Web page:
Most of today's middle-aged or older engineers grew up accepting the tradition of seniority-based employment security. This was the culture in which their parents worked.
According to this tradition, seniority was rewarded and hierarchy was respected. Younger, less-experienced employees were usually released first when occasional downturns occurred (last hired, first fired). Pay and various perks often increased with seniority, even when the employee's productivity leveled off, as long as their performance was accepted as "satisfactory." Seniority was considered an important retention factor.
However, constantly improving technology beginning in the late 1980s increased worldwide competition. To be competitive in such a dynamic environment, firms created flatter, more flexible organizations, and shorter product development cycles. Most importantly, they are now learning that they must effectively manage their intellectual assets. Here's where "the rubber meets the road." Managing a firm's intellectual assets is fast becoming the major source of competitive advantage.
Who has employment security? The importance of intellectual assets requires that companies put a high priority on attracting, developing, and retaining those associates who can and do enhance their competence and commitment with respect to the firm's strategies and goals. Now, employment security can only be assured to those who remain motivated and well-qualified in their chosen fields.
No single formula exists as a guide to manage intellectual assets. However, the following guidelines should help.
First, don't confuse Performance Evaluation or Employee Development with managing intellectual assets. These other measures were once treated as time-wasting, ritualistic chores disconnected from the firm's real work. Now, intellectual assets must be implemented as a major function, which is vital to the firm's present and future success. Managing these assets must have total organizational support, including that of top management.
Establish an environment which encourages, enables, rewards, and requires all employees to upgrade their knowledge, skills and motivation.
Providing such motivation should include the following steps:
Give employees some control over their work, opportunities to grow, and a sense of mutual reliance to keep them highly motivated and to improve their levels of productivity.
Prepare plans to close the gaps between existing individual/company knowledge and skills (both hard and soft), and the necessary knowledge and skills that are missing.
Give the highest priority to activities that close this gap.
Prepare compensation plans to pay employees for acquiring increased knowledge and skills, for proposing new ideas, and for participating in the achievement of the firm's goals.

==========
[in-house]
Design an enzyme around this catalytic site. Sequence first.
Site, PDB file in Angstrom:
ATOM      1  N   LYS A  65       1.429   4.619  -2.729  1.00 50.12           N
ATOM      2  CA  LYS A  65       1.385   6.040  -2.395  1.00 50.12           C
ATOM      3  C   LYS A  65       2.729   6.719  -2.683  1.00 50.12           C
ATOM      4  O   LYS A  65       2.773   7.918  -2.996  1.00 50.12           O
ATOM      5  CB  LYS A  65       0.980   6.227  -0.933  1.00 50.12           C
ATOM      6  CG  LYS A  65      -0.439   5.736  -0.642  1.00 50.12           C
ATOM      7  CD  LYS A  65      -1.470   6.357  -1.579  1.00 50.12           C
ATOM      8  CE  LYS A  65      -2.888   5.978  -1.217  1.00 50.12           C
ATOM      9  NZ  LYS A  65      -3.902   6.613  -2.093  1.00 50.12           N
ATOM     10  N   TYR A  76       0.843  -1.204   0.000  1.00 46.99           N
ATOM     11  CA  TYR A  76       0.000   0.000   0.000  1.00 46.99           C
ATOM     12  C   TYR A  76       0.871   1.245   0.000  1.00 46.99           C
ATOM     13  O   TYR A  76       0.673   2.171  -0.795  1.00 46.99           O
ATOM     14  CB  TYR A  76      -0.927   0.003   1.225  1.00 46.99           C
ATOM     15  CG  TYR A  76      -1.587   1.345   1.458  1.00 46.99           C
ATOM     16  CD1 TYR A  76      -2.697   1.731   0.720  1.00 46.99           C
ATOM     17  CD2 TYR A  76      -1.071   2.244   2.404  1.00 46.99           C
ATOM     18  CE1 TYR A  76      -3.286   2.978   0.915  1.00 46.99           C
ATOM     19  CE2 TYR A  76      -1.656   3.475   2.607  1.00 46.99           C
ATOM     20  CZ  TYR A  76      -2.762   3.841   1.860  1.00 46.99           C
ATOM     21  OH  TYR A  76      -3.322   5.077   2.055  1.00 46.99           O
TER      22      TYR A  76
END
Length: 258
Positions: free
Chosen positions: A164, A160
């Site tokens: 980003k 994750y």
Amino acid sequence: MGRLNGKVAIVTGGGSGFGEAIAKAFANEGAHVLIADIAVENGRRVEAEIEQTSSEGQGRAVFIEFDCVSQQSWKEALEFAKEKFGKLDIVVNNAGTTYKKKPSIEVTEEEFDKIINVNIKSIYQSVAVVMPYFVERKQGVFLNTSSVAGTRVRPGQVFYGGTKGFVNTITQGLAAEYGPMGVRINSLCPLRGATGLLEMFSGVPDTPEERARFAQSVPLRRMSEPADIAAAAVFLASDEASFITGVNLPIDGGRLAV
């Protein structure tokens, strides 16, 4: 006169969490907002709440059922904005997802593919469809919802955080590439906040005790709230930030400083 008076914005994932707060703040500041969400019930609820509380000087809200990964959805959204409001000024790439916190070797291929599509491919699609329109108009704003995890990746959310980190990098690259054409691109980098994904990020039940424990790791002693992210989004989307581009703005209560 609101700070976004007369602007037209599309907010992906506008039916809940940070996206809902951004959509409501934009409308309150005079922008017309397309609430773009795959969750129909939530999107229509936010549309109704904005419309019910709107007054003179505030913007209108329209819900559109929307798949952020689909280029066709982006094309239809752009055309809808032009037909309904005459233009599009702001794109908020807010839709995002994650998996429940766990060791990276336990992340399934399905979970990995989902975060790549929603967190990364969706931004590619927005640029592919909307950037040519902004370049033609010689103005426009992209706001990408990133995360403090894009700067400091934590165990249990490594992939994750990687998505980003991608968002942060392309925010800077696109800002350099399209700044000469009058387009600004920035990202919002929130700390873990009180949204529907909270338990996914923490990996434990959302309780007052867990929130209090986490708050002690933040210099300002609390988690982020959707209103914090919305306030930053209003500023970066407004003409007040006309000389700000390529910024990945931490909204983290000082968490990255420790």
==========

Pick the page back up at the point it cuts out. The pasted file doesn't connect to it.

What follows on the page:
As we move away from the traditional industrial economies and structures, we must be careful to not do too much thinking for our knowledge workers, or we will fail to take full advantage of the assets we value most the employee's ability to think and create.
Ask the Manager
Q When are "centers of excellence" most appropriate?
A "Centers of excellence" are most appropriate when the key source of competitive advantage for the firm is tacit knowledge rather than knowledge embodied in technology, such as databases and the like, or in physical assets. Such centers are also appropriate when the activities are so large and dispersed that professional staff members do not know each other.
The center of excellence model is attractive because it provides focal points for knowledge development and dissemination, rather than having to rely on informal communication which is not always reliable.
Emerging Internet/intranet systems have the potential for superceding the centers of excellence model because they provide low-cost forms for data interchange. However, at present they do not solve the problem of processing tacit knowledge, which requires human interaction to be effective.
Q What is E.R.P. and how is it related to S.A.P.?
A E.R.P. is shorthand for Enterprise Resource Planning software. Its purpose is to coordinate a manufacturer's entire business process from the time raw materials are ordered to the time the customer pays the invoice. It seems to be especially useful to the larger firms which have multiple manufacturing locations and or international operations.
Some estimate that worldwide sales of E.R.P. and its related services like training and maintenance are about $11 billion. They can cost from about $300,000 for the smaller installations to hundreds of millions for global giants like Ford, GM, and Coca-Cola.
The German giant SAP A.G. owns more than a third of the E.R.P. market, so people often refer to Enterprise Resource Planning software as simply SAP.
'This is not Employee Development.' Fax your management questions to Design News at (617) 558-4402 or e-mail your question to [email protected]